Young Adult Lit/Crit

May 10, 2008

Enter Three Witches

Filed under: Lit Circle Picks — katefrazer @ 10:21 am

I read Enter Three Witchesby Caroline Cooney for a lit circle.  The novel tells the story of Macbeth from several different perspectives.  The most frequent perspective is that of Mary, the teenage daughter of the Thane of Cawdor, who is hanged as a traitor in the beginning of the novel.  I really enjoyed reading this novel.  I had it at school a few days, and a few of my students also commented on what a great book they thought it was too. 

As Mandy mentioned on Wednesday night, this book really gave me a better understanding of the play.  I read Macbeth in high school and I didn’t love or hate it.  However, now that I have read all these stories surrounding the events Shakespeare writes about, I kind of want to reread the play.  The characters, specifically Lady Macbeth seemed more real in Enter Three Witches and more even more evil.  If I taught Macbeth in my classroom, I would definitely want to include this novel in any work I did.  I think it would also be interesting to take both of these works and some nonficiton pieces on the time period to evaluate the historical accuracy of the overall story.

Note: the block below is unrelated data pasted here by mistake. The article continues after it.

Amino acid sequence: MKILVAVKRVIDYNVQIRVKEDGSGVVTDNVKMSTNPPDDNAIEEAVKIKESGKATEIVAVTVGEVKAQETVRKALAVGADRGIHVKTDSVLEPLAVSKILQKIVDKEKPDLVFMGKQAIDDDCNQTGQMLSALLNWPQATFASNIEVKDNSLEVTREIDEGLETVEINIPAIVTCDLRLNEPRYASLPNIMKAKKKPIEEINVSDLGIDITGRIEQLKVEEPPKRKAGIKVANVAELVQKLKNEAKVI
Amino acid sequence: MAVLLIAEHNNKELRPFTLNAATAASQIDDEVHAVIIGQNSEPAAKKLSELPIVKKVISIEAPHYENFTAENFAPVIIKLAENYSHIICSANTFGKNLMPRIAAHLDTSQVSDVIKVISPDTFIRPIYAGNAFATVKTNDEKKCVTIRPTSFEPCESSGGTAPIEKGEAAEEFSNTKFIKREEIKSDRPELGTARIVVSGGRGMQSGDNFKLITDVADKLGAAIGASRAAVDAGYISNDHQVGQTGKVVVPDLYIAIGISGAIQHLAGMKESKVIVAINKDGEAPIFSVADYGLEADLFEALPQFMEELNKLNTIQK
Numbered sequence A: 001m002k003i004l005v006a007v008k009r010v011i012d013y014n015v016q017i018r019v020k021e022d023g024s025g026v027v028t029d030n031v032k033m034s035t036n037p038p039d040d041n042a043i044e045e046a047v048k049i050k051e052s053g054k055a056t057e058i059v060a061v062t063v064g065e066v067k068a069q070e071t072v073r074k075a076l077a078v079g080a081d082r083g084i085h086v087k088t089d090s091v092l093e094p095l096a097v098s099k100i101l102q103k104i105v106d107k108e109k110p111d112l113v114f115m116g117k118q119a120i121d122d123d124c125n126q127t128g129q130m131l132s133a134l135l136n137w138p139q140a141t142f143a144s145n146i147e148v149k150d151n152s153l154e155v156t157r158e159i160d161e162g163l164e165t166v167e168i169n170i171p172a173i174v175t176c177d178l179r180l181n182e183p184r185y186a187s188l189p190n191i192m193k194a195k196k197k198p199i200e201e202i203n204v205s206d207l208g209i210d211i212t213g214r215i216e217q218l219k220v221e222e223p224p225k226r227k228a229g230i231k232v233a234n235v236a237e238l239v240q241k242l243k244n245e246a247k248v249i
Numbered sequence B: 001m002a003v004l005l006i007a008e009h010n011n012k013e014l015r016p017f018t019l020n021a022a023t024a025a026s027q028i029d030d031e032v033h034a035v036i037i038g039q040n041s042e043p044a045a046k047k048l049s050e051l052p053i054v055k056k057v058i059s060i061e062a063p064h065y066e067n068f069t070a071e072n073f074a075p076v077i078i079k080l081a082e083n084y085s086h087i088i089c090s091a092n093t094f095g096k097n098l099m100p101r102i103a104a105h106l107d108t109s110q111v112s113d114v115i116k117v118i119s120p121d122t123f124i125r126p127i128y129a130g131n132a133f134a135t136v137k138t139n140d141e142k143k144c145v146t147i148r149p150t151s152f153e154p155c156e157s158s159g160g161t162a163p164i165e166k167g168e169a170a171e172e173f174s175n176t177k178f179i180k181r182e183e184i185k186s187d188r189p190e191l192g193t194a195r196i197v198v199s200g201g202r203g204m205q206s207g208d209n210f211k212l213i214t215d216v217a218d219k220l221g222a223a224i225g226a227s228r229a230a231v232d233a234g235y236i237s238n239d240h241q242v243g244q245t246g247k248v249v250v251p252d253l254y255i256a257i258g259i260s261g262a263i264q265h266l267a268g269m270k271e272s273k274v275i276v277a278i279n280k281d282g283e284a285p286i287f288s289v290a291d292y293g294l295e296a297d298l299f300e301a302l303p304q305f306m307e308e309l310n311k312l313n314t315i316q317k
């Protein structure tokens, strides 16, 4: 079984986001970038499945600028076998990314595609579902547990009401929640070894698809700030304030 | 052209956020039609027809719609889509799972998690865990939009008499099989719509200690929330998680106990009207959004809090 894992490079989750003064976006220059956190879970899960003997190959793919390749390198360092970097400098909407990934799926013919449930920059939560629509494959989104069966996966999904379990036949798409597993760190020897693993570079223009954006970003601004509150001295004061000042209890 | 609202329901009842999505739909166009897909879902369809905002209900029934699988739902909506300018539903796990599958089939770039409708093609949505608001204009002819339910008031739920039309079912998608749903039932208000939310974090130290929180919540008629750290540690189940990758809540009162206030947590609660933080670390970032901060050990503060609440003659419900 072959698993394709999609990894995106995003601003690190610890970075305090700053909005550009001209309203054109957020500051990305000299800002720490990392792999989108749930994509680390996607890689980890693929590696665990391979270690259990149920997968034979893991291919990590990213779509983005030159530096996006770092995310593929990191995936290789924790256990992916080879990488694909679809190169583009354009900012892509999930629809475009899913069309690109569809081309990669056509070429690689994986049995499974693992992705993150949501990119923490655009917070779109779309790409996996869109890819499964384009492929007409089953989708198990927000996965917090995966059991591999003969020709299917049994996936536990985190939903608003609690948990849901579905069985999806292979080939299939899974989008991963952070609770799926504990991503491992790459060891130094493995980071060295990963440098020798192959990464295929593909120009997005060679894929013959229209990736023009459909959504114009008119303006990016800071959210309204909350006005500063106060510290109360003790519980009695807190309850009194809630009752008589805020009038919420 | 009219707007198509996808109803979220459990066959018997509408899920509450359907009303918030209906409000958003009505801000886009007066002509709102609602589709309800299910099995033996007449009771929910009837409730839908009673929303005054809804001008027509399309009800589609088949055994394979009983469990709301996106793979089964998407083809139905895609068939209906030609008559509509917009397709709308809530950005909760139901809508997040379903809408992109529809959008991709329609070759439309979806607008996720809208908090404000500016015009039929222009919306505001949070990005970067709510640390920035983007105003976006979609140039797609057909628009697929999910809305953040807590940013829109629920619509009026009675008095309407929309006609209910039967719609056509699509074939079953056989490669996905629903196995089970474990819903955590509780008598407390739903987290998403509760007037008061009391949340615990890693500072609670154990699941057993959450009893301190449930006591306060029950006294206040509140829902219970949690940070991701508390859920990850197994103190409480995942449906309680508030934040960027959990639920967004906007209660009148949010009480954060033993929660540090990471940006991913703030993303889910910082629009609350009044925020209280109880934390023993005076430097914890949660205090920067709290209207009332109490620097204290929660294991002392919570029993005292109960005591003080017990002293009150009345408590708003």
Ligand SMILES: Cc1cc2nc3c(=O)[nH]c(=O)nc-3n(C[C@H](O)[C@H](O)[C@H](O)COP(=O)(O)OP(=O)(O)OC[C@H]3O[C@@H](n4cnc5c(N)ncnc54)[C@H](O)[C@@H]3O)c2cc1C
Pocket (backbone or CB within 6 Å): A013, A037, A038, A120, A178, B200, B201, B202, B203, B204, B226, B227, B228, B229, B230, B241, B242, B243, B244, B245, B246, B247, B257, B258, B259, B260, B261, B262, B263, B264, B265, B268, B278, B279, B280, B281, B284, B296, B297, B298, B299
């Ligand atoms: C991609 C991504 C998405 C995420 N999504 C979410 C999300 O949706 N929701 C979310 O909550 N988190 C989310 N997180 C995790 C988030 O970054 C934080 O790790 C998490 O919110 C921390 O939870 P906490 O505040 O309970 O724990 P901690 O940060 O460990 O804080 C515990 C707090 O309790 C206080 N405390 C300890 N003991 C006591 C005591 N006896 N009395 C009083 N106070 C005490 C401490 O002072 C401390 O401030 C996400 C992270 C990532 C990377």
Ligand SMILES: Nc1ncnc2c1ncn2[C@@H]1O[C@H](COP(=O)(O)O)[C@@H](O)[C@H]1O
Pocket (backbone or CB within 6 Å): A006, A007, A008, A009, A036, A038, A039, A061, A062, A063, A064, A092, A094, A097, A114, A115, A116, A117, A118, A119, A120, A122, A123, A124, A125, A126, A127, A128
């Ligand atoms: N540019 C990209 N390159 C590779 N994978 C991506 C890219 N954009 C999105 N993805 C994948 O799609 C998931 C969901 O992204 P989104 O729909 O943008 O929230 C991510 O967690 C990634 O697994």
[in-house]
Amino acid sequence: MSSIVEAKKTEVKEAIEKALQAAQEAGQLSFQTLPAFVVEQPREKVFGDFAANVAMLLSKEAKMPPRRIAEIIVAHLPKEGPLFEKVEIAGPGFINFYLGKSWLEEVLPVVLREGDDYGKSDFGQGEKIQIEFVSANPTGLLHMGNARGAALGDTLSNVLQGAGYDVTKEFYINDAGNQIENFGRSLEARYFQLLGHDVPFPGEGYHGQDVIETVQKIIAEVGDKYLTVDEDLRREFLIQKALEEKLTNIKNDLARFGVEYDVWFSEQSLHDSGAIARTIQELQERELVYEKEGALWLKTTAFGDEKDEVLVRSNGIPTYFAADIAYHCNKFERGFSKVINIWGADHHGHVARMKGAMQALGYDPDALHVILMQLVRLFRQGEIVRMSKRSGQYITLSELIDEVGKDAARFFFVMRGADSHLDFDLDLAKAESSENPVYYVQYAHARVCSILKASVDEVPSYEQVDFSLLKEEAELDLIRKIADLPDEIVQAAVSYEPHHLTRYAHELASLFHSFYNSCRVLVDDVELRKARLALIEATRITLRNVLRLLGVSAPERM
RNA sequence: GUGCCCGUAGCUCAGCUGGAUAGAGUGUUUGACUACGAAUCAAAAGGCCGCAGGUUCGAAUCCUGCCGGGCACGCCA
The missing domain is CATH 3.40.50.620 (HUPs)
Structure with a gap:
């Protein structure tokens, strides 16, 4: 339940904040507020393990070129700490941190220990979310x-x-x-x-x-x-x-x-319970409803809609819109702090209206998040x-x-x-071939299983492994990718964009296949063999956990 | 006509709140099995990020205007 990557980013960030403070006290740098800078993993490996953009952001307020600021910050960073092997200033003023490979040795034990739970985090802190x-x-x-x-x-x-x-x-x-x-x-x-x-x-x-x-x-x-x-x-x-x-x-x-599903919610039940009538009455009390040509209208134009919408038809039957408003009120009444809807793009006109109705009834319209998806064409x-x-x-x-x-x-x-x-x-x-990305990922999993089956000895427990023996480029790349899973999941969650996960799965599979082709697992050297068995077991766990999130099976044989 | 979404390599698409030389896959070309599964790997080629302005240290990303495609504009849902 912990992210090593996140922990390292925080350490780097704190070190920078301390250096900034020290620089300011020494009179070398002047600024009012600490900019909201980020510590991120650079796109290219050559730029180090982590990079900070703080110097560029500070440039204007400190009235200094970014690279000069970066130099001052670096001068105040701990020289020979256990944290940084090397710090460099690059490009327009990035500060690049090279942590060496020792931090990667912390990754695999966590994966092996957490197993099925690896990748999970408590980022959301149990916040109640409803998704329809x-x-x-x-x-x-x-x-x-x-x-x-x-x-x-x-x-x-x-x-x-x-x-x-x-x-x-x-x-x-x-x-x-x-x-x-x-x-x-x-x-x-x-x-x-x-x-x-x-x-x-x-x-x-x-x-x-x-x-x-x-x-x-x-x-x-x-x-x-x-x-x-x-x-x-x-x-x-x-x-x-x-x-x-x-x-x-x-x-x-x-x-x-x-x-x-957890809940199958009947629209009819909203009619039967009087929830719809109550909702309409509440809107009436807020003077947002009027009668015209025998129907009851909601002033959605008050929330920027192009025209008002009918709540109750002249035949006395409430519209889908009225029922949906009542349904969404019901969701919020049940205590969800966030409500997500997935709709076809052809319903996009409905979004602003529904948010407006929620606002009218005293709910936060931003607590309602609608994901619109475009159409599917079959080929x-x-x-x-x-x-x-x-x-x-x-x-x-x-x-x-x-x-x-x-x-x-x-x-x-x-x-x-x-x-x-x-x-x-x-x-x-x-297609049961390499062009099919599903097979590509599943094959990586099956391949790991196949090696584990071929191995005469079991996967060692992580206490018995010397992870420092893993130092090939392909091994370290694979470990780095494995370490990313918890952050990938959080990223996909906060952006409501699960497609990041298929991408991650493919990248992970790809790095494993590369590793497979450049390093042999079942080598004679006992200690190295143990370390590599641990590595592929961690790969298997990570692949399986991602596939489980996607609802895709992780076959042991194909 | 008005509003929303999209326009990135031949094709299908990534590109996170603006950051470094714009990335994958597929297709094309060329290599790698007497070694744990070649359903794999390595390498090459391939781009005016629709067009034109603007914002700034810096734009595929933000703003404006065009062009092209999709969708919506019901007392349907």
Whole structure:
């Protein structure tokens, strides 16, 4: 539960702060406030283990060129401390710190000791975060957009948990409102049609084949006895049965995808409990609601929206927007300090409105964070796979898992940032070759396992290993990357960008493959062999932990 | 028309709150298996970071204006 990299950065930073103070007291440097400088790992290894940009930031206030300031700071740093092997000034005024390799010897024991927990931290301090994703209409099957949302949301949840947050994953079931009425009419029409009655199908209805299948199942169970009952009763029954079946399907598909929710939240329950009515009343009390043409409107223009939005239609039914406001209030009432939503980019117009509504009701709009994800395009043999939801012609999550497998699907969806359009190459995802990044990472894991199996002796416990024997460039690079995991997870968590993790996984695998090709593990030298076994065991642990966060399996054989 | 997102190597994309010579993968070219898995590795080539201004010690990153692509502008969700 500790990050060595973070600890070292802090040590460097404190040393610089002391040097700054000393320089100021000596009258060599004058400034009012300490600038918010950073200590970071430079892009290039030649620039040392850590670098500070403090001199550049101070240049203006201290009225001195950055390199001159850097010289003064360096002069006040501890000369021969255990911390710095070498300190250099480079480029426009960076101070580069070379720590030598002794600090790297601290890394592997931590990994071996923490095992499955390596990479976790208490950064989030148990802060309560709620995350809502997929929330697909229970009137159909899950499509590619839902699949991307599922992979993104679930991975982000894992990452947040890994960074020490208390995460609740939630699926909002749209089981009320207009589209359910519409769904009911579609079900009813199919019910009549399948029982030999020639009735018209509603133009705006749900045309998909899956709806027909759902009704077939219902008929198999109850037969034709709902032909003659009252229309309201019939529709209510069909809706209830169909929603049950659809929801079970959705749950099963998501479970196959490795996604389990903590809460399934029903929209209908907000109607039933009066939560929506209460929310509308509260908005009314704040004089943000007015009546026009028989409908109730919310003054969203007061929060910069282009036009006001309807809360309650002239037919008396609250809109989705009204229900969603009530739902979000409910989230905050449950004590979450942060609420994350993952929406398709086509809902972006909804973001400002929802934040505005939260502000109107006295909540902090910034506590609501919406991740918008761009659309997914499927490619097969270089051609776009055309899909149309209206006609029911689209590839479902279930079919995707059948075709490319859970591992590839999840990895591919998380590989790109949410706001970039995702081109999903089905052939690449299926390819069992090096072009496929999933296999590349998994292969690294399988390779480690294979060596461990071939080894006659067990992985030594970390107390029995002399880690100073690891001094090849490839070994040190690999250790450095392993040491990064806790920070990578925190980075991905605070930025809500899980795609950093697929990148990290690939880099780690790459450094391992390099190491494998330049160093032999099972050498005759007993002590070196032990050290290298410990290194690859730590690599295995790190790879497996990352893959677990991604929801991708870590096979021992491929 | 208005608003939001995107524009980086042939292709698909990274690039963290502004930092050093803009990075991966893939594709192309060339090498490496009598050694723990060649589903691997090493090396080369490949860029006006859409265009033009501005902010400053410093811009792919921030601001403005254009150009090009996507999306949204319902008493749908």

This is definitely a book that I’m going to recommend to my students!


1 Comment »

  1. Although I enjoyed MacBeth in high school, I think this text would be a great supplemental material to do in concurrence with the play. I fear far too many kids simply look up the plot summary of plays or watch the movie version, rather than actually read them. By using other texts that still revolve around the central topic/theme/text, kids are more likely to get interested and involved, especially when it comes to Shakespeare, who I know is imtimidating for adolescents.

    One of the most important benefits of using this text is that unlike MacBeth, ETW is basically narrated by Lady Mary, a young teenage girl who is observing the events around her. Since she is so young, there is a much greater chance that teen readers will relate to this text. Also, since the audience has to rely on solely the characters for all of the essential information in the play, the book is extremely beneficial in that it is much more detailed. I had an enhanced understanding of how MacBeth rose to power and some of the history behind King Duncan, which is obviously one of the most important elements in the play, but which is also a detail that sometimes gets confusing while reading or viewing the play.

    In all, I really enjoyed this book. It was a simple read, especially in comparison to much of Shakespeare’s works. And if I found it easier to follow the plot, I imagine this text would be a tremendous help to teen readers, perhaps even serving as a way to initiate their interest in Shakespeare… !


    Comment by mandygrl101 — May 14, 2008 @ 4:10 pm

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